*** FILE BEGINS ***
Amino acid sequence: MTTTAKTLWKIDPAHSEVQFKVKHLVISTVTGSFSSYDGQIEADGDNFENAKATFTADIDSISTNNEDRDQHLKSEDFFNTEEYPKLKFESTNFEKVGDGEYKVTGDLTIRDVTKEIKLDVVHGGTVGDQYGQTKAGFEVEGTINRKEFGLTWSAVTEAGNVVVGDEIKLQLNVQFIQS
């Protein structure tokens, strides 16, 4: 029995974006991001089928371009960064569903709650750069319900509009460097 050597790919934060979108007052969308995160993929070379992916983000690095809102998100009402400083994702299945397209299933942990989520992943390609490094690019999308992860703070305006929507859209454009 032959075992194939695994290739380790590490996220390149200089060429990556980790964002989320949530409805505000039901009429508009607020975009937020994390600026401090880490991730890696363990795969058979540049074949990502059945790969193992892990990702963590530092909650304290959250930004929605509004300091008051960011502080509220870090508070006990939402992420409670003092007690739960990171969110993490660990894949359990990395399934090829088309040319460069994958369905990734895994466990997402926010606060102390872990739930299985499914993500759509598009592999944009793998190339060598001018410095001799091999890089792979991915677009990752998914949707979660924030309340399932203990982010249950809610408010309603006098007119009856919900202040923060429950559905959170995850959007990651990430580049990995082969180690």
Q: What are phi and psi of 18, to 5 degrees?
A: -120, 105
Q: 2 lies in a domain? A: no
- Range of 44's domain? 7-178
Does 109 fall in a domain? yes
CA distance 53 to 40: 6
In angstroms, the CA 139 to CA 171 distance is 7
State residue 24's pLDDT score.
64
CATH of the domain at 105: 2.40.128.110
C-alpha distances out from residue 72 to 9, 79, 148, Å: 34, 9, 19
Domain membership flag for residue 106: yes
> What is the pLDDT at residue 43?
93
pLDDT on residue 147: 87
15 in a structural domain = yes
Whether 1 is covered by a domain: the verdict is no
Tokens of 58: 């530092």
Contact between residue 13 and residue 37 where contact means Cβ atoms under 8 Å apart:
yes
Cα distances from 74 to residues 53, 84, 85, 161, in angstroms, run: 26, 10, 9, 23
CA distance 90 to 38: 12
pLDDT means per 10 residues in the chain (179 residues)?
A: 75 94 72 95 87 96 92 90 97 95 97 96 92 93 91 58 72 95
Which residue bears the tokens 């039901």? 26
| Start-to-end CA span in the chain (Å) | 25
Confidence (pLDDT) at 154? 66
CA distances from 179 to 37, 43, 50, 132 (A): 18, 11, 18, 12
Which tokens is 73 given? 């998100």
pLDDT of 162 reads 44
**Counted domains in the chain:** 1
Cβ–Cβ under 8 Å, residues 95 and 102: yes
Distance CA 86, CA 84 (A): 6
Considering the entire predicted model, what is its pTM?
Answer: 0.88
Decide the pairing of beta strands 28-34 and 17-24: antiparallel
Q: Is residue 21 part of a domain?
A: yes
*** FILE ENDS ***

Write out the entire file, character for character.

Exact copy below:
Amino acid sequence: MTTTAKTLWKIDPAHSEVQFKVKHLVISTVTGSFSSYDGQIEADGDNFENAKATFTADIDSISTNNEDRDQHLKSEDFFNTEEYPKLKFESTNFEKVGDGEYKVTGDLTIRDVTKEIKLDVVHGGTVGDQYGQTKAGFEVEGTINRKEFGLTWSAVTEAGNVVVGDEIKLQLNVQFIQS
């Protein structure tokens, strides 16, 4: 029995974006991001089928371009960064569903709650750069319900509009460097 050597790919934060979108007052969308995160993929070379992916983000690095809102998100009402400083994702299945397209299933942990989520992943390609490094690019999308992860703070305006929507859209454009 032959075992194939695994290739380790590490996220390149200089060429990556980790964002989320949530409805505000039901009429508009607020975009937020994390600026401090880490991730890696363990795969058979540049074949990502059945790969193992892990990702963590530092909650304290959250930004929605509004300091008051960011502080509220870090508070006990939402992420409670003092007690739960990171969110993490660990894949359990990395399934090829088309040319460069994958369905990734895994466990997402926010606060102390872990739930299985499914993500759509598009592999944009793998190339060598001018410095001799091999890089792979991915677009990752998914949707979660924030309340399932203990982010249950809610408010309603006098007119009856919900202040923060429950559905959170995850959007990651990430580049990995082969180690």
Q: What are phi and psi of 18, to 5 degrees?
A: -120, 105
Q: 2 lies in a domain? A: no
- Range of 44's domain? 7-178
Does 109 fall in a domain? yes
CA distance 53 to 40: 6
In angstroms, the CA 139 to CA 171 distance is 7
State residue 24's pLDDT score.
64
CATH of the domain at 105: 2.40.128.110
C-alpha distances out from residue 72 to 9, 79, 148, Å: 34, 9, 19
Domain membership flag for residue 106: yes
> What is the pLDDT at residue 43?
93
pLDDT on residue 147: 87
15 in a structural domain = yes
Whether 1 is covered by a domain: the verdict is no
Tokens of 58: 């530092």
Contact between residue 13 and residue 37 where contact means Cβ atoms under 8 Å apart:
yes
Cα distances from 74 to residues 53, 84, 85, 161, in angstroms, run: 26, 10, 9, 23
CA distance 90 to 38: 12
pLDDT means per 10 residues in the chain (179 residues)?
A: 75 94 72 95 87 96 92 90 97 95 97 96 92 93 91 58 72 95
Which residue bears the tokens 């039901």? 26
| Start-to-end CA span in the chain (Å) | 25
Confidence (pLDDT) at 154? 66
CA distances from 179 to 37, 43, 50, 132 (A): 18, 11, 18, 12
Which tokens is 73 given? 């998100």
pLDDT of 162 reads 44
**Counted domains in the chain:** 1
Cβ–Cβ under 8 Å, residues 95 and 102: yes
Distance CA 86, CA 84 (A): 6
Considering the entire predicted model, what is its pTM?
Answer: 0.88
Decide the pairing of beta strands 28-34 and 17-24: antiparallel
Q: Is residue 21 part of a domain?
A: yes